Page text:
[annotator-dev] Multiple Ranges

Randall Leeds tilgovi at hypothes.is
Mon Mar 11 06:20:52 UTC 2013

On Thu, Mar 7, 2013 at 3:19 AM, Robert Casties
<casties at mpiwg-berlin.mpg.de> wrote:
> Hi Randall,
> On 06.03.13 22:24, Randall Leeds wrote:
>> We have also begun to move toward a data format which allows for
>> multiple targets (even pointing to distinct pages), not just multiple
>> ranges (ranges are only one kind of selector on a resource). It is
>> still JSON, but should be structured such that a JSON-LD context could
>> easily provide all the OpenAnnotation schema information without any
>> further transformation.
> Do you already have any ideas on the JSON format?

 Back in September I updated the page on the W3C wiki for
OpenAnnotation with some sketches demonstrating transforming our
annotator-compatible annotations into OA RDF in XML.


However, this assumes text-only annotations. I think the next step for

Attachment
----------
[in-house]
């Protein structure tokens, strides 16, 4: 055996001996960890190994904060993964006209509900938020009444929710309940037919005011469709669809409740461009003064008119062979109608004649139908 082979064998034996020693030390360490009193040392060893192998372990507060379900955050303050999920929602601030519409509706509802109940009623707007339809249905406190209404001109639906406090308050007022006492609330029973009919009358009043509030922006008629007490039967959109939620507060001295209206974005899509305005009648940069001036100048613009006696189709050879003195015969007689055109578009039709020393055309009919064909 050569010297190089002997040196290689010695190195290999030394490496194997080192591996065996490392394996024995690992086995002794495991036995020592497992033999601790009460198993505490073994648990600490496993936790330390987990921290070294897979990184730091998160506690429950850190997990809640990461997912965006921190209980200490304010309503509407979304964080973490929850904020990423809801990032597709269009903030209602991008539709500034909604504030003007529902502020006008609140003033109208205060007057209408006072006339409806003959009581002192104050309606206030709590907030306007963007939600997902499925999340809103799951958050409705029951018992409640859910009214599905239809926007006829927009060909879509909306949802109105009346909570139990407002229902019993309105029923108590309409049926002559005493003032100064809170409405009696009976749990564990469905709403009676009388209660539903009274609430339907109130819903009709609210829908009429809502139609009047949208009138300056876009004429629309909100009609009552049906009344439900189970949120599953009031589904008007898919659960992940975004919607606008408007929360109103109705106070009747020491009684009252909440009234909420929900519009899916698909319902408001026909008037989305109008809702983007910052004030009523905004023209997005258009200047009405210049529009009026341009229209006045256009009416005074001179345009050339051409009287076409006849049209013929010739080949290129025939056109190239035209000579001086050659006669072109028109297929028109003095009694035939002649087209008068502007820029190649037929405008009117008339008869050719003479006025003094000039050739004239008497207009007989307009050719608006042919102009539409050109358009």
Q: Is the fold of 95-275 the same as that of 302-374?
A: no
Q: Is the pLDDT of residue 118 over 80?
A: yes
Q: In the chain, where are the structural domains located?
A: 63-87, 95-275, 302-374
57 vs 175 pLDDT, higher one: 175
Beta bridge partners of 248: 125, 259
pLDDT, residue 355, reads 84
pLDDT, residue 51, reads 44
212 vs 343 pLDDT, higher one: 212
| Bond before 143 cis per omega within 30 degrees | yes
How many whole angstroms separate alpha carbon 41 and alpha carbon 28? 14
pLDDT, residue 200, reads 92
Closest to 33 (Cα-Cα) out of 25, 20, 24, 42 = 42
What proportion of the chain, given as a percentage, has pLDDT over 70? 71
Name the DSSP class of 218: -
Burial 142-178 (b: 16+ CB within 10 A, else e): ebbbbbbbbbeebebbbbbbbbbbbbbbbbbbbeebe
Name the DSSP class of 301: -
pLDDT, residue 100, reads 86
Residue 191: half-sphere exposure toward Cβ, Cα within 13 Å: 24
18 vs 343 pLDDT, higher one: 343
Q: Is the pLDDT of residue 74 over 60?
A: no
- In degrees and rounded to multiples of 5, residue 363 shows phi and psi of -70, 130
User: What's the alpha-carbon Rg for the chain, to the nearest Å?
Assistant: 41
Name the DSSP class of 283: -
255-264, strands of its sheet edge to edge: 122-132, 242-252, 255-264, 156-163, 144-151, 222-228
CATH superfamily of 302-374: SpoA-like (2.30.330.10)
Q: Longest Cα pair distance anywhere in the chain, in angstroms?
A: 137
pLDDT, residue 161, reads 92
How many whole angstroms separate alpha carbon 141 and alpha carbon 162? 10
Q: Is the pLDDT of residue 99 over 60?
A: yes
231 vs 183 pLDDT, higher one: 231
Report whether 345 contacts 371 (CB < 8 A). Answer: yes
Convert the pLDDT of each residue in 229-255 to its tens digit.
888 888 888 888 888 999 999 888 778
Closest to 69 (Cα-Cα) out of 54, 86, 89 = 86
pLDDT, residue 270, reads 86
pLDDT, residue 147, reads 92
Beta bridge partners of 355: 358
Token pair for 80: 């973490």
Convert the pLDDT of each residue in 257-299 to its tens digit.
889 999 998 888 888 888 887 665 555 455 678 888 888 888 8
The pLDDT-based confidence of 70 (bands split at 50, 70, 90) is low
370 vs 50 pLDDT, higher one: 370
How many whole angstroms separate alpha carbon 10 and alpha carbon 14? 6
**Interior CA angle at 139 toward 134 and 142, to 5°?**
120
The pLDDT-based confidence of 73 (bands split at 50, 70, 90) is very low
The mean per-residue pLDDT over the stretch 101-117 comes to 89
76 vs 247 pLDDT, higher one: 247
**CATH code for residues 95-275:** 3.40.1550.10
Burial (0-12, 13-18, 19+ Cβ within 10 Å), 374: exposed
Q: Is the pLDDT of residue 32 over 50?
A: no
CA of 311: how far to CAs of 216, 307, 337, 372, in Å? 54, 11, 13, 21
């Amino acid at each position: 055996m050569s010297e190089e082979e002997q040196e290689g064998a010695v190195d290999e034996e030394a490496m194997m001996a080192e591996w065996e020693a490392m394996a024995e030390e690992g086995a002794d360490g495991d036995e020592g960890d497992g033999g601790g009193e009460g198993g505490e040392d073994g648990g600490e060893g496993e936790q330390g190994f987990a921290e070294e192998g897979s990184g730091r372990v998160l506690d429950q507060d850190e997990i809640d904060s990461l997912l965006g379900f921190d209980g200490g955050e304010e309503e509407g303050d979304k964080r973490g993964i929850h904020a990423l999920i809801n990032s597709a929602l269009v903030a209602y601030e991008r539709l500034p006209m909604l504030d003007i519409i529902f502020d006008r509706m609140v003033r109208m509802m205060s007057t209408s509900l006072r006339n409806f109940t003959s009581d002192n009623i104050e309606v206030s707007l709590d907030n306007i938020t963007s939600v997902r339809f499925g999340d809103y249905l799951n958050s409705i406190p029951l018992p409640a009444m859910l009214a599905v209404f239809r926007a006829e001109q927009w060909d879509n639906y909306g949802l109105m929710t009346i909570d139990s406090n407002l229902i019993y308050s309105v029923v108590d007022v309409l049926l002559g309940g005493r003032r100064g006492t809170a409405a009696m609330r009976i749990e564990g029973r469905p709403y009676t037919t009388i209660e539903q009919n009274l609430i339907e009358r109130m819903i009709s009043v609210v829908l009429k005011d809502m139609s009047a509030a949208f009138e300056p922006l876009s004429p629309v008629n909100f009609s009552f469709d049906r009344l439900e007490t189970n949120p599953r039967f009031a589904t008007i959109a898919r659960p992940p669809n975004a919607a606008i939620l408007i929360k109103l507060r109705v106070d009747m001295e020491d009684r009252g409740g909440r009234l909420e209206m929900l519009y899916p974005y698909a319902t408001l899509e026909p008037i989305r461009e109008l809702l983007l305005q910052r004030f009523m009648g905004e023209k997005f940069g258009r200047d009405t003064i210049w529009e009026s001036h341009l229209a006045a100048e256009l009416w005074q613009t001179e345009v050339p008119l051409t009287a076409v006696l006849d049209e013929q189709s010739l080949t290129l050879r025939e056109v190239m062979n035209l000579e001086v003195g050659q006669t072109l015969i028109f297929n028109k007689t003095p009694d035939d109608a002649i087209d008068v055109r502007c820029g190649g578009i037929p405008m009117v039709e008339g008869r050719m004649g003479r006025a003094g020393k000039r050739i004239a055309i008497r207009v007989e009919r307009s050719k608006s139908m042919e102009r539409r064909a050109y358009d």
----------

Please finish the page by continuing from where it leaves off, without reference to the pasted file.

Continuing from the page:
us is to convey the content type of the annotation body, so that it
could be anything. This is important if your annotations are meant to
express relationships between resources in a machine-readable way.

That sketch of mine is slightly out of date with the data model. There
has since been a section incoporated in the specification recommending
an example JSON-LD context mapping keys to classes and relationships
within the vocabulary:

> We are still interested to use annotations also to establish and comment
> on relations between multiple documents and parts of documents, e.g.
> sentence A in text B is a translation of sentence C in text D. This
> would need the annotation to have multiple targets and a way to specify
> the type and direction of the relation. We would like to use the same
> also for image-image and text-image relation-annotations.

In Hypothes.is, we currently treat the annotation body text as
markdown, which allows us to include links in the body of an
annotation and human-readable text describing the link relationships,
but ideally we could publish machine-readable annotations in a similar
way by getting explicit about the format of the body. For example, if
you can express the relationships as a graph, you could publish that
graph as an annotation.

There is an example of doing that here:

The body would then have a content type of a triple serialization
format and the JSON would contain the base64 encoding of that

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